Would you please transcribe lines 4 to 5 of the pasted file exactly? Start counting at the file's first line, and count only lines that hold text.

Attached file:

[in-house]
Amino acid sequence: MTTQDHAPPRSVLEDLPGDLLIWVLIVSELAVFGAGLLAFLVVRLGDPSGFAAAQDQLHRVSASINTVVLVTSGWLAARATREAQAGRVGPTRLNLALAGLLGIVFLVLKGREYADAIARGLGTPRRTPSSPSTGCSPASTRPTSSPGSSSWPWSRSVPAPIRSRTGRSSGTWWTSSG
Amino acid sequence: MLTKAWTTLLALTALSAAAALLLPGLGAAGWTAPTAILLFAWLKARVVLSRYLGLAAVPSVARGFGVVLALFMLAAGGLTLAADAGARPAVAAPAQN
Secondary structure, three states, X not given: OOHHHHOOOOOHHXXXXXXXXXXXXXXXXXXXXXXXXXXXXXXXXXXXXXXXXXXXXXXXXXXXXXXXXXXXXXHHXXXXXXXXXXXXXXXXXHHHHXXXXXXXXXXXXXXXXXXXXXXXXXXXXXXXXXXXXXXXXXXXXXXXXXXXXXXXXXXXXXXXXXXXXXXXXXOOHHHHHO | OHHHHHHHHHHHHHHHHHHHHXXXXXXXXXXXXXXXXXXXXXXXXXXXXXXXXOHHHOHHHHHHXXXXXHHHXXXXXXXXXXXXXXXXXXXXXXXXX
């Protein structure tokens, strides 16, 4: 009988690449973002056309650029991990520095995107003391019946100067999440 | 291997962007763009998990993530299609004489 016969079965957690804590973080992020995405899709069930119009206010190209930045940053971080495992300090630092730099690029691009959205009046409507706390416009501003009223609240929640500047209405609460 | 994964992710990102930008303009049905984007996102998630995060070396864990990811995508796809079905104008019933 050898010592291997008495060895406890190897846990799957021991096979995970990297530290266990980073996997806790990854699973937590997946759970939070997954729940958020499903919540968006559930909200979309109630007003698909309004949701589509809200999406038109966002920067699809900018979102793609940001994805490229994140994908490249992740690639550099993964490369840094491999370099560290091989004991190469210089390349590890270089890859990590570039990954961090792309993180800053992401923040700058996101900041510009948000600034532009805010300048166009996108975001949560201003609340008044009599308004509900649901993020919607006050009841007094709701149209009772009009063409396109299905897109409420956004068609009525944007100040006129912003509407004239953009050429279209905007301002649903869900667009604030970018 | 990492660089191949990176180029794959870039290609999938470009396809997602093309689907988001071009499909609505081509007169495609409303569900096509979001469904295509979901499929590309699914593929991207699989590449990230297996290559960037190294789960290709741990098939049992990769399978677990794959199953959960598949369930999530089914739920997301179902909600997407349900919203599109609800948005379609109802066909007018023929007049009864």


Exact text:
Secondary structure, three states, X not given: OOHHHHOOOOOHHXXXXXXXXXXXXXXXXXXXXXXXXXXXXXXXXXXXXXXXXXXXXXXXXXXXXXXXXXXXXXHHXXXXXXXXXXXXXXXXXHHHHXXXXXXXXXXXXXXXXXXXXXXXXXXXXXXXXXXXXXXXXXXXXXXXXXXXXXXXXXXXXXXXXXXXXXXXXXOOHHHHHO | OHHHHHHHHHHHHHHHHHHHHXXXXXXXXXXXXXXXXXXXXXXXXXXXXXXXXOHHHOHHHHHHXXXXXHHHXXXXXXXXXXXXXXXXXXXXXXXXX
């Protein structure tokens, strides 16, 4: 009988690449973002056309650029991990520095995107003391019946100067999440 | 291997962007763009998990993530299609004489 016969079965957690804590973080992020995405899709069930119009206010190209930045940053971080495992300090630092730099690029691009959205009046409507706390416009501003009223609240929640500047209405609460 | 994964992710990102930008303009049905984007996102998630995060070396864990990811995508796809079905104008019933 050898010592291997008495060895406890190897846990799957021991096979995970990297530290266990980073996997806790990854699973937590997946759970939070997954729940958020499903919540968006559930909200979309109630007003698909309004949701589509809200999406038109966002920067699809900018979102793609940001994805490229994140994908490249992740690639550099993964490369840094491999370099560290091989004991190469210089390349590890270089890859990590570039990954961090792309993180800053992401923040700058996101900041510009948000600034532009805010300048166009996108975001949560201003609340008044009599308004509900649901993020919607006050009841007094709701149209009772009009063409396109299905897109409420956004068609009525944007100040006129912003509407004239953009050429279209905007301002649903869900667009604030970018 | 990492660089191949990176180029794959870039290609999938470009396809997602093309689907988001071009499909609505081509007169495609409303569900096509979001469904295509979901499929590309699914593929991207699989590449990230297996290559960037190294789960290709741990098939049992990769399978677990794959199953959960598949369930999530089914739920997301179902909600997407349900919203599109609800948005379609109802066909007018023929007049009864």